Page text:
Then I began to think about whether or not the glass would work for other losses. I mean what if you lost a friendship, obviously not because they died. What if you could just turn a glass over on a table and everything would be alright. And what about the loss of a job or a contract. How would you direct the loss request. Would you turn the glass upside down and say a prayer over it. Something like, “Dear Glass I really screwed up and I need you to help me figure out how to deal with it.” Maybe you would have to light candles and put a “schmata” on your head (it’s usually a napkin because a kitchen towel is too big), like we do on the Sabbath. It certainly can’t hurt. But then what would you do about disappointed expectations if it didn’t work. Would that lead to additional anxieties or perhaps the expense of a therapist. There are things to consider before we make any demands on the glass.

This is getting much too complicated. Like any old wives tale, it sometimes is close to the truth, sometimes an alternative for scare tactics and sometimes just nonsense. In the case of the glass, it provides hope for an aging hippie who believes that there is a solution for every problem—including not remembering. We’re just sayin..Iris

11 comments:

Anonymous said...

Let us pray

"Saint Anthony, St. Anthony, something is lost and must be found."

It always works. Eventually the thing misplaced shows up.

I learned this prayer in Italy from an American Catholic of Irish descent. Go figure.

Perhaps the upside down glass captures the spirit of St. Anthony, or the little poltergeist who hid the item in the first place? Bad poltergeist, bad, bad.

St. Walt (grin)

Anonymous said...

did you find Nana's penguin? TW

Iris and David said...

I fear the penquin--which was probably the most valuable thing in the house--is gone forever. And I'm not a happy camper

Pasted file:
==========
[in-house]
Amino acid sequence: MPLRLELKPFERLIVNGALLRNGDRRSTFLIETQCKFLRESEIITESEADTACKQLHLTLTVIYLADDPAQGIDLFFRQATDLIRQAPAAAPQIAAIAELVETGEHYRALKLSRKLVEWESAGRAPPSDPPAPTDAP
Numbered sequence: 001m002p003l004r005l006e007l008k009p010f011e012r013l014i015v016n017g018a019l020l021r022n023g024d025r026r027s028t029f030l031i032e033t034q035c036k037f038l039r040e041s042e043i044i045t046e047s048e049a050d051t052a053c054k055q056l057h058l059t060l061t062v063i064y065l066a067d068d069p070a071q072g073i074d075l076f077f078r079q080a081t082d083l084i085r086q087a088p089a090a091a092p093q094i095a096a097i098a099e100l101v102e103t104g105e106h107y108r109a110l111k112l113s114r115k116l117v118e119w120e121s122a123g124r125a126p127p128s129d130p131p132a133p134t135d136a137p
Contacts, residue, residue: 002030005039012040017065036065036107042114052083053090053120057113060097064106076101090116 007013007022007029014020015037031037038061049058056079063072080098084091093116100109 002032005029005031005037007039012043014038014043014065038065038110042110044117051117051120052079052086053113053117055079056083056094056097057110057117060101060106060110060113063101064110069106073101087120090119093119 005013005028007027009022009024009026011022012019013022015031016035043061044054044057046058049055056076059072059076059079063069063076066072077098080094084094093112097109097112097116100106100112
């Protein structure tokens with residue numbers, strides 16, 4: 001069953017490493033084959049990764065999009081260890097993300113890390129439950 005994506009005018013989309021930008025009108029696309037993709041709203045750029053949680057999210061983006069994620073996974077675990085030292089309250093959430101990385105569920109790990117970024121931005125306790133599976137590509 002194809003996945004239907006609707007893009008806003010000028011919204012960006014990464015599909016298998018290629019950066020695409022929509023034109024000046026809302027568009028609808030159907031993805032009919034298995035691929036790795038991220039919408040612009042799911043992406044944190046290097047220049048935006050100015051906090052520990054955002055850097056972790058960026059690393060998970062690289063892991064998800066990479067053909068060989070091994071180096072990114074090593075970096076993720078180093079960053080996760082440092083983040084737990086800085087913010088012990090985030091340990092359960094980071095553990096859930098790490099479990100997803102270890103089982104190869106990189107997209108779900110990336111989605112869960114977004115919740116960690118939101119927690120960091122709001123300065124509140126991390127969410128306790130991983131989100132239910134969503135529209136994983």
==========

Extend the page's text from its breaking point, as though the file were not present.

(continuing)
jayne said...

Hi..I just discovered your blog because I'd recently lost something and turned a glass over. A friend commented, "why do you turn a glass over if you lose something?" I told her that "my grandma did it, my mother did it and now i do it"..then i decided to research it and your blog came up!
what a nice penquin story! I have an alarm clock, a big ben, from my grandma's house. That clocked ticked so loud we nicknamed it "the bomb"..i would see if the ticking would be in sync when the WPIX (i think it was) 9'oclock movie came on! I treasure that little clock!'
Any chance you're from Brooklyn, NY?

Anonymous said...

My grandmother has been turning a glass upside down to find lost things for as long as i can remember. My dad does it and I do it too. Nobody understands me.
I'm from London, UK and none of my family have ever lived in the US. Strange!

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Anonymous said...

I turn a water glass upside down to locate a missing item and it works every time.car keys, eye glasses, paper punch. Just about any item found within a matter of minutes. I have told this o many people and they call and thank me as they also said it works for them. I can't explain how and would really like to know how this jogs your memory. Let me know please.

Marie Mac Neil said...

turning a glass upside down on a table to find missing item works
every time.

Anonymous said...

My grandmother always taught us to turn a glass upside down when we lost something. No idea where the superstition came from. She grew up in NYC.

Ambre Carrier said...

ebay.com/itm/390742093136 it's not Nana's, but maybe you can build new memories.

Anonymous said...

Our house keys vanished into thin air from the place they are usually kept. They prevented us from going out of the house shopping. We searched for them all night and gave up at 1 am. I did dowse for answers and the dowsing crystal admitted that a ghost had hidden them. It also said that they would reappear that night and not the morning. Meanwhile a friend told me about the glass upside down trick. So I turned a glass upside down and left it in the lounge. We then went upstairs to do something else and when we returned to the lounge, there the keys were back in the place they went missing from. Hmmm.... No one else lives in the house. Freaking mystery. But yeah.. the glass trick worked and the ghosts were severely told off and thanked in the same sentence.